The history of the pyxis reaches to a remote period of Mediterranean ceramic art. In Crete the form is found in early strata assigned to the early Minoan II period and bears traces of immediate descent from neolithic art.3 Outside Crete it is found in the Corinthia4 and, as we have seen, in the Cyclades and at Troy.
Pyxides of the early period are made of stone as well as of clay. The admirable lid from Mochlos, the handle of which is carved in the form of a couchant dog,5 probably belongs to a pyxis and dates from the Early Minoan II period. Frequent also in this as well as in the subsequent Middle Minoan I period is a type of small stone pyxis, the height of which exceeds its diameter. The Museum possesses such a pyxis, granted by the Cretan Government from the objects found by Seager in the Pseira houses [Figure 4]. These Cretan stone vases are generally held to have been made under Egyptian influence, but the wealth of stone vessels yielded by the excavations at Ur shows that in Mesopotamia as well as in Egypt the art of cutting vases from hard stone attained a high degree of excellence in the fourth and third milleniums B.C., and it is noteworthy that among the stone vases from Queen Shubad’s grave was found a ‘circular box with a lid,’ Probably the splendid stone vase, now in the University Museum, was provided with a flat lid.6 The smaller type of pyxis is known also in Mesopotamia. The lid of Figure 5 was found, as Dr. L. Legrain kindly informs me, in the basement of the E-nun-mah of the Ur palace. The incised circles with which it is ornamented correspond closely to those on the base of a steatite vase which was found near the lid and which bears the inscription of Naram-sin, King of Akkad in 2600 B.C.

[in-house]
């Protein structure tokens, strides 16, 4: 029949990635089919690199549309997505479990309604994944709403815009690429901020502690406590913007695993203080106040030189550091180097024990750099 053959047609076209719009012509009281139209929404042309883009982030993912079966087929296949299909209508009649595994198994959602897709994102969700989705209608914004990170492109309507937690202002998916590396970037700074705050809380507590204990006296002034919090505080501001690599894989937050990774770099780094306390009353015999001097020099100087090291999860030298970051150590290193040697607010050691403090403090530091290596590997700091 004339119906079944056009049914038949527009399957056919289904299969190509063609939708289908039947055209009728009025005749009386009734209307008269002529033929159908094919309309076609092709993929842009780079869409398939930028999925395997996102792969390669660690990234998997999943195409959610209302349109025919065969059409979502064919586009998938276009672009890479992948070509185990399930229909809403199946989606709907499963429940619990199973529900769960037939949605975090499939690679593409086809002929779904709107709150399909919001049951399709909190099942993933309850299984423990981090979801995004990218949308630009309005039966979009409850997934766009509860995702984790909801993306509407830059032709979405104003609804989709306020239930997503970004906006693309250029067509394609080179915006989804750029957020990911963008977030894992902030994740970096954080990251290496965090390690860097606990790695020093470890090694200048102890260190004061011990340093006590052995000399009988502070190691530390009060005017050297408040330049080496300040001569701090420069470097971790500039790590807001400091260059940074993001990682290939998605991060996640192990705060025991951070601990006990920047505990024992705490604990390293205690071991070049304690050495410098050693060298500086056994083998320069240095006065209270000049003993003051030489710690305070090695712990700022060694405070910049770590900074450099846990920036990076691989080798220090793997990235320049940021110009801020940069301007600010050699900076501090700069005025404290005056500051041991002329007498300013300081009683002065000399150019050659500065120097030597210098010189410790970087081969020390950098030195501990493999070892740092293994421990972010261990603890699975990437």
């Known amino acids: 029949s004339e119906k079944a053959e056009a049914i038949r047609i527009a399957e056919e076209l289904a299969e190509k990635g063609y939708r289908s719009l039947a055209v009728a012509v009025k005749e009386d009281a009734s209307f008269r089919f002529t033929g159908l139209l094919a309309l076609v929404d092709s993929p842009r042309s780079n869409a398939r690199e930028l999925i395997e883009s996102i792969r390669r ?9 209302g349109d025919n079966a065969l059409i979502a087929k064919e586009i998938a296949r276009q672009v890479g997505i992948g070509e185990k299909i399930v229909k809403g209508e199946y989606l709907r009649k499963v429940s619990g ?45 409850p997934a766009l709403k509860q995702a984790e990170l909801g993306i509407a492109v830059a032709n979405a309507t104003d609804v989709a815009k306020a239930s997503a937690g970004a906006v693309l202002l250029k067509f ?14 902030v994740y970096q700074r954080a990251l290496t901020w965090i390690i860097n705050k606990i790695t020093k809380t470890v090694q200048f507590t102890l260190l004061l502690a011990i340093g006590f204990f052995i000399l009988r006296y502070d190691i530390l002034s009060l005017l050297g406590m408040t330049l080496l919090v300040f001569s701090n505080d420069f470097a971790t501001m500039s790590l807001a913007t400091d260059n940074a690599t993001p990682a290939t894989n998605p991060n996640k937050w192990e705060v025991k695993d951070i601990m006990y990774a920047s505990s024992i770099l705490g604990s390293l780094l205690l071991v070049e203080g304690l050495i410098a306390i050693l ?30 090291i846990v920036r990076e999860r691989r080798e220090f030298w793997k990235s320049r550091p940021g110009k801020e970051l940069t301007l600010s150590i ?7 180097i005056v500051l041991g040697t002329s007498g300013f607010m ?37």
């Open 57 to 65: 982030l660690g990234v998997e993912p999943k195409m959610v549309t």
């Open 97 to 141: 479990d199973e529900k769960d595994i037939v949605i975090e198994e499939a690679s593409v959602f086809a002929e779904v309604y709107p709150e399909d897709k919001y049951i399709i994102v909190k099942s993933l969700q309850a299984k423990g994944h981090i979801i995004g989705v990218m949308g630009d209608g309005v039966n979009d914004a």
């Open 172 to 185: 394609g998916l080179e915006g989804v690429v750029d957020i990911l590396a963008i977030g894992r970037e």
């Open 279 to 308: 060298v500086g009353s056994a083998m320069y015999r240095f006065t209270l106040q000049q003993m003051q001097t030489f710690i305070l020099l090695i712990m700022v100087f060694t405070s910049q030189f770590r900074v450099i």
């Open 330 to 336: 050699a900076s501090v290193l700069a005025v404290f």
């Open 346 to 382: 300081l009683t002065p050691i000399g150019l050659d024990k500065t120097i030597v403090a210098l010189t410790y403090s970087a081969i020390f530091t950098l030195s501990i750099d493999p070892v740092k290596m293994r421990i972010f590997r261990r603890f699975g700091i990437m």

During the period of Cretan supremacy, in the Middle Minoan III and Late Minoan I and II periods, the pyxis disappears, but at the end of the Bronze Age, it comes again into favor. The fact that a form of vase, common to Crete, the Cyclades, Corinthia and Hissarlik, not to mention Mesopotamia, disappears to reappear again at the end of the Bronze Age seems to invalidate the conclusions of A. Gotsmich7 that northern shapes and northern types of designs are suppressed during the period of the supremacy of Cretan naturalism, but recur so soon as Cretan art begins to wane. The revival of the pyxis form at the end of the Bronze Age may have been occasioned by the wide-spread use of ‘barrel pithoi.’8 With such vases as well as with the pyxides from Palaikastro our pyxis has much in common,9 both as regards the type of ornament used and the ‘close style’ of its application. Our vase, accordingly, is probably Cretan and belongs to the last phase of Minoan art, which is scarcely distinguishable from the early phases of proto-geometric art. The scale pattern, the concentric loops, the zigzag, are motives which recur in proto-geometric art, but the ornamentation is less closely applied than in designs of the Late Minoan III period.10